After all the pomp and pageantry the boats are now moored, the uniforms are gone and the bunting has been taken down.
Will the Queen’s Diamond Jubilee bounce us out of our economic gloom? Maybe not, but it was - at the very least - a welcome distraction from the grim familiarity of government indecision and double-dip recession.
So what has the Jubilee taught us about the monarchy and our relationship with it? First, the royal family seem capable of creating a genuine sense of national unity; opinion polls consistently give the monarchy at least two-thirds popular support, better than any political party in history.
Second, affection for the Queen possibly supersedes the love felt for the monarchy itself.
In an age of reality television, philandering sports stars and Etonian politicians, the Queen’s character remains indistinguishable to that of the UK itself. We don’t really know who she is as a person, and as such can project onto her whatever we like. The Diamond Jubilee was a celebration of this malleable character.
But one trait we can certainly attribute is good manners. The scandals of the 90s are now a distant memory for a royal family looking youthful and involved once again, and it is precisely in times of economic and social woe that a stable human institution is needed. For 60 years, the Queen has acted as a familiar, benign head of state.
And while there’s an instinctive dislike of the idea of hereditary privilege, it is also true that nearly all of us - to some degree - subscribe to it. We buy education for our children, secure them jobs and internships, bequeath houses and money. In most free societies, family trumps politics.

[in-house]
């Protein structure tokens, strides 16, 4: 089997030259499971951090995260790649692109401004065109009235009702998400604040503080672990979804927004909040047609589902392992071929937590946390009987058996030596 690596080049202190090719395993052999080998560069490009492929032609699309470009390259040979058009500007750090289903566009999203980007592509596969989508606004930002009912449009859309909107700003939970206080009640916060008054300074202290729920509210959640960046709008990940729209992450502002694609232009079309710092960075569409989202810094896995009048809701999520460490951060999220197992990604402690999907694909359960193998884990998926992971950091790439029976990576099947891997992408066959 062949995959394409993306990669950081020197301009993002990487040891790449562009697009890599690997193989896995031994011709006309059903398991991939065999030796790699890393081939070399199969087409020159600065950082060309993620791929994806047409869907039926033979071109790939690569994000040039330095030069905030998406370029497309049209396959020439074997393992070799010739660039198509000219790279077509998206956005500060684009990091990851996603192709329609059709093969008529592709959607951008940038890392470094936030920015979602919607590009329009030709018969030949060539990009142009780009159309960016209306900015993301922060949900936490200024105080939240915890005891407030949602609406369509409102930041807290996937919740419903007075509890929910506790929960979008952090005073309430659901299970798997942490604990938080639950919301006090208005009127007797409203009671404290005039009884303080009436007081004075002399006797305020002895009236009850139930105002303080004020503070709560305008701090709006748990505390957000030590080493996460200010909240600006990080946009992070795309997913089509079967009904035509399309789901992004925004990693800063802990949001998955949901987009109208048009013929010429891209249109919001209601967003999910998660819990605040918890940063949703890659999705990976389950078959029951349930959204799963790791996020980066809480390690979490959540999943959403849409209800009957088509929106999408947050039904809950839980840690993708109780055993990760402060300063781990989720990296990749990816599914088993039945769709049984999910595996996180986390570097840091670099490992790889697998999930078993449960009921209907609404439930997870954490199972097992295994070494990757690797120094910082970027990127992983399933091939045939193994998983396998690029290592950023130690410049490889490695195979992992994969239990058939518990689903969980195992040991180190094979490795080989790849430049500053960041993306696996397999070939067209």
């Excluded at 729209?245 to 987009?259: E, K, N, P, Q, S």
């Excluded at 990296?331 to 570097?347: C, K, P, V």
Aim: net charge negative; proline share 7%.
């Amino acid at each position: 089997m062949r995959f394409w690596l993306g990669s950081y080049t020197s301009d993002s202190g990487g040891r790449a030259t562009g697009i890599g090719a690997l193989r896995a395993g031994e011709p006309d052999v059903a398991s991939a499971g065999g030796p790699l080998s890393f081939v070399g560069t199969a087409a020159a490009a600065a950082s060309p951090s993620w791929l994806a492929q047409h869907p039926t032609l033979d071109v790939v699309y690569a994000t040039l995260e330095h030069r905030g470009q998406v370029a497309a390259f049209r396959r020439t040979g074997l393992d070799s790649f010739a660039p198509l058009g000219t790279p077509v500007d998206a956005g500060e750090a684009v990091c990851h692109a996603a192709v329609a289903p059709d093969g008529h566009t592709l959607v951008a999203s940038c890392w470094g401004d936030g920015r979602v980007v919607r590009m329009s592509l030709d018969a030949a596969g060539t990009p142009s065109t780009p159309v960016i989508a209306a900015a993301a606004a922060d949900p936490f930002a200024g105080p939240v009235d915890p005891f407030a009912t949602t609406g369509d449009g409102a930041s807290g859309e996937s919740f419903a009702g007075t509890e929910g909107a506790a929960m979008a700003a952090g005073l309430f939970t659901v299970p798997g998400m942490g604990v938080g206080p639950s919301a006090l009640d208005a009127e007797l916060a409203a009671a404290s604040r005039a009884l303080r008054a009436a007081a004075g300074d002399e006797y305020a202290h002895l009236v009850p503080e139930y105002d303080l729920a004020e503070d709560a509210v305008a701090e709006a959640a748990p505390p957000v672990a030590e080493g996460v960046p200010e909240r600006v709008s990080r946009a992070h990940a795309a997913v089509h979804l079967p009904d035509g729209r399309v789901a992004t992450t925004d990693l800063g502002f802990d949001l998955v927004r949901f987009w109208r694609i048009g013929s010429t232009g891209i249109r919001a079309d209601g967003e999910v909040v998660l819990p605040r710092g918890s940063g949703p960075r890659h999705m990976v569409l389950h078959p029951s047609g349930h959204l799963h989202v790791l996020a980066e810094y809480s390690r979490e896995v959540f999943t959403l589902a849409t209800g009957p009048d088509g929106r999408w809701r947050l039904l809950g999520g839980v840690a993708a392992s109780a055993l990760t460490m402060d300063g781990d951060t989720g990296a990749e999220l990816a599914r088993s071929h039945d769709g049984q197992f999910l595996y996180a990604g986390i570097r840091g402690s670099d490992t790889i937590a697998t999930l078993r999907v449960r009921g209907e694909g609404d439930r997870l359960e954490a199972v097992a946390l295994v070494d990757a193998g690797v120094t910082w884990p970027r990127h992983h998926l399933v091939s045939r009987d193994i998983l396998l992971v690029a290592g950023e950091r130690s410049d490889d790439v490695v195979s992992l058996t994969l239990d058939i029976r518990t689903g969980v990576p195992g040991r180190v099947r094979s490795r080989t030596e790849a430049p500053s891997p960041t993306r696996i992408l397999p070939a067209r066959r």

Currently, 44 sovereign nations in the world have monarchs acting as Head of State. Queen Elizabeth II presides over 16 of them. In Europe, the countries to retain monarchies are Spain, Holland, Belgium, Sweden, Denmark and Norway, as well as the micro-states Andorra, Monaco, Liechtenstein and, to some extent, Vatican City; stable, free countries governed by the rule of law.
And while there is a just principle for being a British republican, there can be little doubt our monarchy serves a practical purpose in limiting political power. In the nations of Qatar, Saudi Arabia and Swaziland, the monarchy appear to exercise more political influence than any other single source of authority.
These countries are at the whim of an absolute ruler. To entertain such a thing happening here is absurd. The most whimsical thing about the Queen is her love of corgis.
So hearty congratulations to all concerned. Sixty years is more time than many of us will spend in any role, and to remain so steady and widely palatable a ruler is an achievement of great discipline.
We must remember that there are limits on elected leaders, as Tony Blair mentioned in his Leveson cross-examination, when musing on western democracy: "When you are elected, you begin at your least capable and most popular, and you end at your least popular and most capable."